Disappearing signs

Traffic signs are
vanishing from
streets and showing
up as decorations in Columbia living rooms
Monday, January 12, 2004 | 12:00 a.m. CST; updated 5:52 p.m. CDT, Sunday, July 20, 2008

They’re green and white and read all over.

Street signs from Aaron Drive to Zinnia Drive tell Columbia residents where they are, but increasingly those signs are disappearing. Last year, about 1,800 street signs were replaced by the Traffic Division of the city’s Public Works Department. And at $150 a pop, the costs to taxpayers are adding up — to about $270,000 in 2003.


“In the last two or 2 1/2 years, sign problems have dramatically increased,” said Jim McKinnon, street superintendent for Public Works.

Although signs are replaced when worn-out or damaged, the majority of signs put up replace missing or stolen signs.

McKinnon said the most frequently replaced signs are from the East Campus neighborhood. Streets signs such as Rosemary Lane and Anthony Street are frequently missing. The signs on Wilson Avenue were replaced 17 times in a one-year period, more than any other sign in town. High Street was a close second at 16 times.

“We can’t get the High Street sign replaced fast enough. We tried putting it on a higher pole, but they still managed to get it,” McKinnon said.

McKinnon said other problem signs include the so-called “beer streets.” Keystone Drive was replaced eight times last year, and Corona Road was replaced six times.

“A One Way sign outside of my house got stolen once, and it was pretty annoying,” said Susan Crouch, a former resident of East Campus.

Bantz said the missing signs aren’t confusing for people who live in the neighborhood, but it can be hard for visitors to find where they’re going.

“I try to avoid street names when I give directions,” Mike Bantz, a resident of East Campus, said of navigating increasingly signless terrain. “I use landmarks instead.”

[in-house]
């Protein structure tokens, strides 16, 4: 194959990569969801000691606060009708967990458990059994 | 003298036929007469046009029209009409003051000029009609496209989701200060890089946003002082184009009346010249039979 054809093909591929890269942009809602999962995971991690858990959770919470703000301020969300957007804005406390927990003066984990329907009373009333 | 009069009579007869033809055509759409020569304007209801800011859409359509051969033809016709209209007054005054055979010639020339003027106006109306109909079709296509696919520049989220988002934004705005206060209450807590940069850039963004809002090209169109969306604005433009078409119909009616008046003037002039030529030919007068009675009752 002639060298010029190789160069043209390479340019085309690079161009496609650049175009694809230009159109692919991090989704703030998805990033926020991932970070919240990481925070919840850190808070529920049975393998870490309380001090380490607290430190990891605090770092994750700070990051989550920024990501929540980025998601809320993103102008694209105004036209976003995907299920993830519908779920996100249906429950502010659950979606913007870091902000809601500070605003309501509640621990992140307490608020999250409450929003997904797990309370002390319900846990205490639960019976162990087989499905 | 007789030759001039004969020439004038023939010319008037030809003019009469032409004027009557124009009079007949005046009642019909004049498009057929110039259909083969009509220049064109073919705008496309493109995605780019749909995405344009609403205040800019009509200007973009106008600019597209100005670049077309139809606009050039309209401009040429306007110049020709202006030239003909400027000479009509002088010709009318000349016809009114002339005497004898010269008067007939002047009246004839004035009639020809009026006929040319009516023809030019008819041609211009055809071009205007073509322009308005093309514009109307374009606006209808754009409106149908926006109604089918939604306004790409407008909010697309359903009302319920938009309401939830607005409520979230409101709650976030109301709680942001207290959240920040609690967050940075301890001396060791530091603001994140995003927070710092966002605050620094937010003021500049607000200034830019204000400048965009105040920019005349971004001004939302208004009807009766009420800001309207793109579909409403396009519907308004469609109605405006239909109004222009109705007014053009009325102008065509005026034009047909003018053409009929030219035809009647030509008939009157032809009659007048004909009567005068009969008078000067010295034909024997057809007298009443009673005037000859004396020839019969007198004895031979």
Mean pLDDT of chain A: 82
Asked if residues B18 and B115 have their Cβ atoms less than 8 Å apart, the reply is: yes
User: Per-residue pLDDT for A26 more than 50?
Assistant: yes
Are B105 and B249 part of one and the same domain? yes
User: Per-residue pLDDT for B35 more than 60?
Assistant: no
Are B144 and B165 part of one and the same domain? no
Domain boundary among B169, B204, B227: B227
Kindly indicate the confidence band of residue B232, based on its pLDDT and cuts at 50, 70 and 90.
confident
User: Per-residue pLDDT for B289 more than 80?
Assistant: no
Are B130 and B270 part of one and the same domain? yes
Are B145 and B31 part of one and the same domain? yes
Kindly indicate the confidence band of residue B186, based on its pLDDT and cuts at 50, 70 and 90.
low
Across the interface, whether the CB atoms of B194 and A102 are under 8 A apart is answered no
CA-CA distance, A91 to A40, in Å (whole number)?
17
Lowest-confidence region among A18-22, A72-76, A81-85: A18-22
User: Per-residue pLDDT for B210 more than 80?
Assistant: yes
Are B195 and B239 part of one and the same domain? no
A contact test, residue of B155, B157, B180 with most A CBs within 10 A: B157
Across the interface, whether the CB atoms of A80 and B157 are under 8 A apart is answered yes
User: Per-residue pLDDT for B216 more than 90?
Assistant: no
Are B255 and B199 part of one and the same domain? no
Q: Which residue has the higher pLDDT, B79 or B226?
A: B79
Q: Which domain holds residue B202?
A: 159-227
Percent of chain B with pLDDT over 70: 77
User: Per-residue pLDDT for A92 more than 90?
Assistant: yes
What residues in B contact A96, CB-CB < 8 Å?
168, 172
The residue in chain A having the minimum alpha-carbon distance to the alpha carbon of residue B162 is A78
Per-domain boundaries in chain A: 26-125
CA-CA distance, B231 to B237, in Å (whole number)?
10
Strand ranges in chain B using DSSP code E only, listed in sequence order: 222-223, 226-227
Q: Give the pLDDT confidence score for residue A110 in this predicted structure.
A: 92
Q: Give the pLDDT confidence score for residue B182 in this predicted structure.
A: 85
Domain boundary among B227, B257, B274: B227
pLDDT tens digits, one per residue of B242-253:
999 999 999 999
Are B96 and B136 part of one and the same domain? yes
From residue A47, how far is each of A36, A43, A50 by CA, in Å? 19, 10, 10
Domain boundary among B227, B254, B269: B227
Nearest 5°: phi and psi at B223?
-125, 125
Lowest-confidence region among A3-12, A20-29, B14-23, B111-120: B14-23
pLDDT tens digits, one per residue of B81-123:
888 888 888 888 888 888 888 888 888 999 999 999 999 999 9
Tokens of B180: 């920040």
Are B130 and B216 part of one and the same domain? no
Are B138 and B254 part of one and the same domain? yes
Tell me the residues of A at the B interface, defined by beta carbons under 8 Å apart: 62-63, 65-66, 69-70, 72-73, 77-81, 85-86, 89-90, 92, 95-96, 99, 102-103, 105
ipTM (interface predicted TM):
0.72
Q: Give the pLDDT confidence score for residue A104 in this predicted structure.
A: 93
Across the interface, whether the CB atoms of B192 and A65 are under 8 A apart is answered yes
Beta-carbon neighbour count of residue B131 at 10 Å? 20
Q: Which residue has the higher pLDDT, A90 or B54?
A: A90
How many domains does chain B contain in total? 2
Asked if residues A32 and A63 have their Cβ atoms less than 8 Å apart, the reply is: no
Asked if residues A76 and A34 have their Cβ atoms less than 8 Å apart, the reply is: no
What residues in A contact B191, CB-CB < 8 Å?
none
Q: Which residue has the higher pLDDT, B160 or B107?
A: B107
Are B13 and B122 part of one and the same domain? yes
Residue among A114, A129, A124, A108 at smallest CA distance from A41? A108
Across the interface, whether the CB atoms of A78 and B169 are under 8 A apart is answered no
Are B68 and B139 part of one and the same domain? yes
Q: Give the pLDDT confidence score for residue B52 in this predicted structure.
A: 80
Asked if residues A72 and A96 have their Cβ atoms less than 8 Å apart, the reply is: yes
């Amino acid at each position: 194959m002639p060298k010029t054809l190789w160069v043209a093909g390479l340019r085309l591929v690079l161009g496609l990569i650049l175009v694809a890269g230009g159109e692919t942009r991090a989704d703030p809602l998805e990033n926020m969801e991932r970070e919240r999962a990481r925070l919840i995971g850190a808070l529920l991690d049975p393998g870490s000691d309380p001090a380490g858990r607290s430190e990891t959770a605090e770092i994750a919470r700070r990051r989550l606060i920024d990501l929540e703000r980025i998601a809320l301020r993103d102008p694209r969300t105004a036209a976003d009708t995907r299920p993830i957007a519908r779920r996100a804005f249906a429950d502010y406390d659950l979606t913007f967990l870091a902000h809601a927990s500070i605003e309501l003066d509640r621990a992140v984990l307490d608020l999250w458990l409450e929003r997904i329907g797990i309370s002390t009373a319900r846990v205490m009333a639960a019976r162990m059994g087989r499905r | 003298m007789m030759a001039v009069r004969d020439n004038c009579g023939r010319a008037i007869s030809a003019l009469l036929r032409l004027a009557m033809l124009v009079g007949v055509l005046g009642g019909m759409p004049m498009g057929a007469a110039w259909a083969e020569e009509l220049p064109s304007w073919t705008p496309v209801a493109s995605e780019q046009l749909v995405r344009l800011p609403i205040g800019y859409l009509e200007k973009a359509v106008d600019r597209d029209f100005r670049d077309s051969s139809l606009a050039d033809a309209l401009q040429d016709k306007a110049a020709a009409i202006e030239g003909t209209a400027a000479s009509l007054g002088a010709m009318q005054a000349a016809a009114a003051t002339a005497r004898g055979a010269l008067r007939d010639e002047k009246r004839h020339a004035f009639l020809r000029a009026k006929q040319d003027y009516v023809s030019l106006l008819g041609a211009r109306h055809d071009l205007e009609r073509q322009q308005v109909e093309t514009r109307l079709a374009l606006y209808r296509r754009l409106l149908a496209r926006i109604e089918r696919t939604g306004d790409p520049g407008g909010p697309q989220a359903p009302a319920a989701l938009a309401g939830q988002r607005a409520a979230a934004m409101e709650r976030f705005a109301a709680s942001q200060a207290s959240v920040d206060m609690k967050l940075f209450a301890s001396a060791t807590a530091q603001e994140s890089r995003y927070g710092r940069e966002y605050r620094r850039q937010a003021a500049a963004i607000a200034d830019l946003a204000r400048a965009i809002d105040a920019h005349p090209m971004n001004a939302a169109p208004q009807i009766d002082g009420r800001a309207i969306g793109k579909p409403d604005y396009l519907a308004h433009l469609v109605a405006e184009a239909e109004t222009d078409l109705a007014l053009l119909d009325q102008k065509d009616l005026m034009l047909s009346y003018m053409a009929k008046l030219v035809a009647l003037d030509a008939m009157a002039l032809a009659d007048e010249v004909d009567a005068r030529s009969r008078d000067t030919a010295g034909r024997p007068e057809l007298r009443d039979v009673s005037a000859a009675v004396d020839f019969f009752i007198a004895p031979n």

People from the fire department have noticed the increase in missing signs as well.

“Some firefighters from station 8 and 1 told me they’ve really noticed a lot missing,” said Amy Barrett, a lieutenant from the fire marshal’s division.

“Just on the street where I live, the signs have been stolen five times.”

Barrett said the fire crews are familiar enough with their territories that a missing street sign is a minor hassle. However, when firefighters serve at unfamiliar stations, missing signs can cause confusion. The department relies primarily on maps to avoid the problem.

When Barrett conducts periodic fire inspections of fraternity and sorority houses, she often finds the stolen signs being used as decoration, she said.

“I take away the signs to try to deter this, but it’s hard to know how to stop this kind of vandalism,” she said.

Dennie Pendergrass, chief of operations for Public Works, said missing street signs have always been a problem. Each new sign must be manufactured by Public Works, and Traffic Division employees must be paid to put it up.

Despite the popularity of sign collecting as a trend, anyone eyeing that shiny green sign on Paquin Street or Aldeah Avenue should be warned: Stealing a street sign is a class A misdemeanor punishable by up to one year in jail and a $1,000 fine.

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